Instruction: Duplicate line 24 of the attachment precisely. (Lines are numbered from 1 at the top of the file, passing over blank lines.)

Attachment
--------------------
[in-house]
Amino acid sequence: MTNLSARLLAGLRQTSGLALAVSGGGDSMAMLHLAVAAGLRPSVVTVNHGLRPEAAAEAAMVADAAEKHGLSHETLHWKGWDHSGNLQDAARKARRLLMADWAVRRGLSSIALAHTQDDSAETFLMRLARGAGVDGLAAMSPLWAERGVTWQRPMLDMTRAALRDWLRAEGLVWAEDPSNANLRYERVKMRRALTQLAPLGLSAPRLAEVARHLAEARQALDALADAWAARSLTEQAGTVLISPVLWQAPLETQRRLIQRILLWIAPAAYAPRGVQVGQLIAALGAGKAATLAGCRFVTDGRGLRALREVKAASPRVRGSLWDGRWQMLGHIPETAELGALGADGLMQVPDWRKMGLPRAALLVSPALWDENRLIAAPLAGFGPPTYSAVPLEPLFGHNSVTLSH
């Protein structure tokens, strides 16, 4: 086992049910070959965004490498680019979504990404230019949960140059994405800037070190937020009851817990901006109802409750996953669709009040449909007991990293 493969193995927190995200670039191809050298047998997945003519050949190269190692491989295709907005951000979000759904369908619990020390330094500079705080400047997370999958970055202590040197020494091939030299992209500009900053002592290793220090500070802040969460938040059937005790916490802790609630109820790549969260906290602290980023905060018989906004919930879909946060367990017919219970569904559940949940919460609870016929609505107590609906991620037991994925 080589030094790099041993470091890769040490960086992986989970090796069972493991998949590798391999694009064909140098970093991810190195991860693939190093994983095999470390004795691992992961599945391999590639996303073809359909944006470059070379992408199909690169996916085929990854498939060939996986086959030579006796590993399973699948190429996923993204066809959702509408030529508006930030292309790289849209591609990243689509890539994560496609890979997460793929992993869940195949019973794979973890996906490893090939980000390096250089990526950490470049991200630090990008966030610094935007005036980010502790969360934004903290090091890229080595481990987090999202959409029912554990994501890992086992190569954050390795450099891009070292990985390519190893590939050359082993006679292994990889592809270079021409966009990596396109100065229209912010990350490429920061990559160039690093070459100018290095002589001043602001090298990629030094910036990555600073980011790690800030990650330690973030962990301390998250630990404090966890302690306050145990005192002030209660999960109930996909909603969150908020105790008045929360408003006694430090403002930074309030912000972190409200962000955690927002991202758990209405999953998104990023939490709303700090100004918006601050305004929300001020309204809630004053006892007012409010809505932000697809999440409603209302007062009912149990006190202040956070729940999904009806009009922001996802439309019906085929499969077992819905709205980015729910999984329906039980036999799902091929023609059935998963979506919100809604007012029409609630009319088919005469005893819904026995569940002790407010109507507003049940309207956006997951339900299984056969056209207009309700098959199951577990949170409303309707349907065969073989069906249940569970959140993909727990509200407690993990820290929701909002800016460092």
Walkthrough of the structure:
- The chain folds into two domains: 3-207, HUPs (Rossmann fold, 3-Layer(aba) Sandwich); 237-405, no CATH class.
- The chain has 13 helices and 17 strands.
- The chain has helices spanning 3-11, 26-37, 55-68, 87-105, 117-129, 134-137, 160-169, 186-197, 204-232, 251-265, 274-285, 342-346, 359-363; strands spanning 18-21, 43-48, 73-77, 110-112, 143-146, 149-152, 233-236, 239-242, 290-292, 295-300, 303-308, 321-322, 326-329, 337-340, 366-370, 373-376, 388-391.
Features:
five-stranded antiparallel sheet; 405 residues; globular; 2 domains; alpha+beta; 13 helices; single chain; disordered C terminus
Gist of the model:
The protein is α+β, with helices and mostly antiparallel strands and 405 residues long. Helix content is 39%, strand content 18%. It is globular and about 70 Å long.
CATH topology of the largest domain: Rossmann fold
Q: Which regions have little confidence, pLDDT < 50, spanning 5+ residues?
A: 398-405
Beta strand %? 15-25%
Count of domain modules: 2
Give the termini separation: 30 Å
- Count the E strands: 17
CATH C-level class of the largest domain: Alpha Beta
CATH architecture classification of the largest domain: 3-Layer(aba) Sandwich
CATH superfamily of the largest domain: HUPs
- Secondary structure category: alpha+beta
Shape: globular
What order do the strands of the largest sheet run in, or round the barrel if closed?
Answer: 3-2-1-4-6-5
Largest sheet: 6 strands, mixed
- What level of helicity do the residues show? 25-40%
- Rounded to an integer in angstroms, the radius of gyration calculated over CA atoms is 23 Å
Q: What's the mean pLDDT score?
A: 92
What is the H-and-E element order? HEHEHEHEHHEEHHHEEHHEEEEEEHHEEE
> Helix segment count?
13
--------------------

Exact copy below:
What order do the strands of the largest sheet run in, or round the barrel if closed?